For better or worse, my sporting fandom is inextricably linked to New England. Growing up in New York, going to school in Massachusetts, and now working for a bunch of Massholes, the NY-NE rivalry rubs up against everything I do. When the owners of the Red Sox bought my favorite soccer team, I cried tears of joy and sorrow. I locked myself in the bathroom because I didn’t know what else to do.
That’s the worst Jets loss in 24 years. Yet, this is supposed to be the best Jets team in 24 years. I’m pretty sure that doesn’t add up. Or maybe it does.
The 9-2 Jets weren’t the Jets. The Jets don’t play as favorites—let alone play well. This is the team that passed up Dan Marino for Ken O’Brien. This is the team that employed Wayne Chrebet, the undrafted, gloveless mini-mite. Their franchise quarterback for the better part of the last decade had a weaker arm than Gumby.
The Jets look for reasons to be underdogs.
The always-brilliant Chris Jones riffed on this over at his blog. Although he’s Canadian-born, Jones actually watches football without two 50-yard lines. And he’s drawn to the Jets because they’re so bad at being good:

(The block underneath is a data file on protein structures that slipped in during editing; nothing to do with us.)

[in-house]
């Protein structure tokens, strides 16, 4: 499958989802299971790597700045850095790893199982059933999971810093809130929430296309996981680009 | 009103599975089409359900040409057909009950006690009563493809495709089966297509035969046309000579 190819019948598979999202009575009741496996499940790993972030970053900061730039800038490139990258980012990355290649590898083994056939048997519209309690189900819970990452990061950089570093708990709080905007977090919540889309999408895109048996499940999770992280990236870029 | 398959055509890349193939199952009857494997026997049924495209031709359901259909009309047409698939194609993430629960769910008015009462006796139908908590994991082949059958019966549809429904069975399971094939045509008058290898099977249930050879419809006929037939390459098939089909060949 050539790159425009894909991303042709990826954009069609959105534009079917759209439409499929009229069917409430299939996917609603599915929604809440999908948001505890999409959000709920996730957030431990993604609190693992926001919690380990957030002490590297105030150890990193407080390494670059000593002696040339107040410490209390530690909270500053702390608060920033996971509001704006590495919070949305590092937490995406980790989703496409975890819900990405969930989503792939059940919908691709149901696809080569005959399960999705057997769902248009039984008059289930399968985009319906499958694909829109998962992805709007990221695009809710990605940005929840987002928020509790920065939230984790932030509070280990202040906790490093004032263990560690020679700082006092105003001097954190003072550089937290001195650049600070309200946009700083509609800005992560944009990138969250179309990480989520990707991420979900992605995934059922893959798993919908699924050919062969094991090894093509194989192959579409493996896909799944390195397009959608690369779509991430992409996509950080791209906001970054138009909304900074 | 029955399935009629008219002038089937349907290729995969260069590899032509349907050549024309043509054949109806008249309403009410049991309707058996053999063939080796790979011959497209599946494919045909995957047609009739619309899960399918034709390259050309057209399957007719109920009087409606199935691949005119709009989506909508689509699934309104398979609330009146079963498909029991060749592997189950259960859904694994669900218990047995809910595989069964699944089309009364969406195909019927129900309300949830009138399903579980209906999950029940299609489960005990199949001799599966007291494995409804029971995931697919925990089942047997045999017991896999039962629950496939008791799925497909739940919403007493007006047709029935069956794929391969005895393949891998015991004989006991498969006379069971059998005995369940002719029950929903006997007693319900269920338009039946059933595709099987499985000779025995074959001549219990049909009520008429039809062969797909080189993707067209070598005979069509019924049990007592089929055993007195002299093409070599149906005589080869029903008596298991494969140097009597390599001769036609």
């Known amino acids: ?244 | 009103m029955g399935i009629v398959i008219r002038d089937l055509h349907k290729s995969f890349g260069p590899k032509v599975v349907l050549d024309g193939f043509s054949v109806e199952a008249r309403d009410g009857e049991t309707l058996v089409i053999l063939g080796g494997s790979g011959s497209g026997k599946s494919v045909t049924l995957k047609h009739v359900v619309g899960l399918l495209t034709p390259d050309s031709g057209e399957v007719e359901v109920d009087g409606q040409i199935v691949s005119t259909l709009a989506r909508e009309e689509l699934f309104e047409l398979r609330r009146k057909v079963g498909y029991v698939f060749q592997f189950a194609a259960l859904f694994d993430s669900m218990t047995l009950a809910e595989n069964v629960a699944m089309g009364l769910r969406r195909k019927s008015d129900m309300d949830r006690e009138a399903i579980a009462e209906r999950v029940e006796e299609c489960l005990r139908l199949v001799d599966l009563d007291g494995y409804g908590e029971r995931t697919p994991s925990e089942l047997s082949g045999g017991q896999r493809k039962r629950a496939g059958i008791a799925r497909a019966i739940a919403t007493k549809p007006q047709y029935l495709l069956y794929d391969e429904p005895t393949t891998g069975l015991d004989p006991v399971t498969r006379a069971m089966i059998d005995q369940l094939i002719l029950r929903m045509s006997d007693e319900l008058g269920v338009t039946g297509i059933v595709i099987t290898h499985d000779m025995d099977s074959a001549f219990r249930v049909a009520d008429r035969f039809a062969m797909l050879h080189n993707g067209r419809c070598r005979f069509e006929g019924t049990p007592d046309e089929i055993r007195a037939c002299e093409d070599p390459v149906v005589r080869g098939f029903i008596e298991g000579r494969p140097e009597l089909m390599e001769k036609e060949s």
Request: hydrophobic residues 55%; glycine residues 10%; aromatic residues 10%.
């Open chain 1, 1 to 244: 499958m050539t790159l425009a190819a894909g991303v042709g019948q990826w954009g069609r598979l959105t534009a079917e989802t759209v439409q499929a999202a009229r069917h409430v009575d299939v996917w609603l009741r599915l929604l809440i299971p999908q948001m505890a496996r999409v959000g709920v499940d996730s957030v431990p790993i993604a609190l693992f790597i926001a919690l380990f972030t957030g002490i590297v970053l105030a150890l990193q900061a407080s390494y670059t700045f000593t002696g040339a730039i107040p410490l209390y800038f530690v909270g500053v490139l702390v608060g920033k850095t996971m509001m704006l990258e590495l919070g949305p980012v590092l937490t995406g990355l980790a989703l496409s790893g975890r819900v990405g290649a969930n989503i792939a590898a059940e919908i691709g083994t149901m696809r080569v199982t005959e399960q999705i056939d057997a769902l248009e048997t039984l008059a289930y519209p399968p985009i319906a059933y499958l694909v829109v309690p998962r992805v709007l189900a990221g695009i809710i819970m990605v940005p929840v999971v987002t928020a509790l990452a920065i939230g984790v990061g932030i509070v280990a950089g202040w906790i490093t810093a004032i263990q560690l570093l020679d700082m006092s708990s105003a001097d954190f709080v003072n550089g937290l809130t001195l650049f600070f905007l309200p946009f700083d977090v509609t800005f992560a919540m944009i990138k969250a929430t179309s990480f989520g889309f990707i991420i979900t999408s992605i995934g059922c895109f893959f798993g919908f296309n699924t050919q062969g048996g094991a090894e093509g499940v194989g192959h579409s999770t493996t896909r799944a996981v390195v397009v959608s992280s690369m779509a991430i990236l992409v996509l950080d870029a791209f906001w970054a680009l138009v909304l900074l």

The Jets, though, have always been my football team, because they’ve pretty much always been a disappointment. There was a comfort in knowing that I could pledge my allegiance to a succession of loveable losers; Curtis Martin remains my all-time favorite Jet, because he was good, even capable of greatness, but ultimately doomed because of his fragile knees and green-and-white jersey.
At 9-2, it didn’t feel right.
Wait, we actually have a good quarterback? Did someone just call our offense “explosive?”
Winning the nail-biters against the Lions, Texans, and Browns didn’t make sense. The Jets don’t win close games. Who were these guys?
Thankfully, the Patriots put the world back on its axis last night:
Monday night’s “performance” was just what I needed to find room again for Rex Ryan’s Snackables in my heart. Blown coverage, blatant pass interference, wildly missed field goals, a twelve-yard punt … In their most anticipated game of the season, against their arch-rival New England Patriots, the Jets showed the rest of the country how, exactly, they will answer the loudest of bells: They’ll throw up all over themselves.
Oh, how I’ve missed them.
So, Pats fans, you might be in first place, you might have home field in the playoffs, and you might have humiliated us, but we wouldn’t have it any other way.
That’s what I’m telling myself.